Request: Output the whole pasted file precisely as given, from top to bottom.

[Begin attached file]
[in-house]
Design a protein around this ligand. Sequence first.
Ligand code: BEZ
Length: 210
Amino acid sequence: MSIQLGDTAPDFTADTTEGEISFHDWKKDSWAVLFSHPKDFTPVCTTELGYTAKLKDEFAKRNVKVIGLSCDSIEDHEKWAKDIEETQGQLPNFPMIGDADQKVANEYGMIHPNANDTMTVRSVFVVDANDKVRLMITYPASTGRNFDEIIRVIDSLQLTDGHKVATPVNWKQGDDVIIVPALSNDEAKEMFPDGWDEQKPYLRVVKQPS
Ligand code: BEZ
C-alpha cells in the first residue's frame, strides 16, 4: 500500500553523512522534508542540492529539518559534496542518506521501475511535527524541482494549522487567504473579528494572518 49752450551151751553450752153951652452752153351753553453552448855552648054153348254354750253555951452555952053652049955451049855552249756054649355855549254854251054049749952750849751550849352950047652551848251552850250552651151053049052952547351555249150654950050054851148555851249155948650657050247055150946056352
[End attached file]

[in-house]
Design a protein around this ligand. Sequence first.
Ligand code: BEZ
Length: 210
Amino acid sequence: MSIQLGDTAPDFTADTTEGEISFHDWKKDSWAVLFSHPKDFTPVCTTELGYTAKLKDEFAKRNVKVIGLSCDSIEDHEKWAKDIEETQGQLPNFPMIGDADQKVANEYGMIHPNANDTMTVRSVFVVDANDKVRLMITYPASTGRNFDEIIRVIDSLQLTDGHKVATPVNWKQGDDVIIVPALSNDEAKEMFPDGWDEQKPYLRVVKQPS
Ligand code: BEZ
C-alpha cells in the first residue's frame, strides 16, 4: 500500500553523512522534508542540492529539518559534496542518506521501475511535527524541482494549522487567504473579528494572518 49752450551151751553450752153951652452752153351753553453552448855552648054153348254354750253555951452555952053652049955451049855552249756054649355855549254854251054049749952750849751550849352950047652551848251552850250552651151053049052952547351555249150654950050054851148555851249155948650657050247055150946056352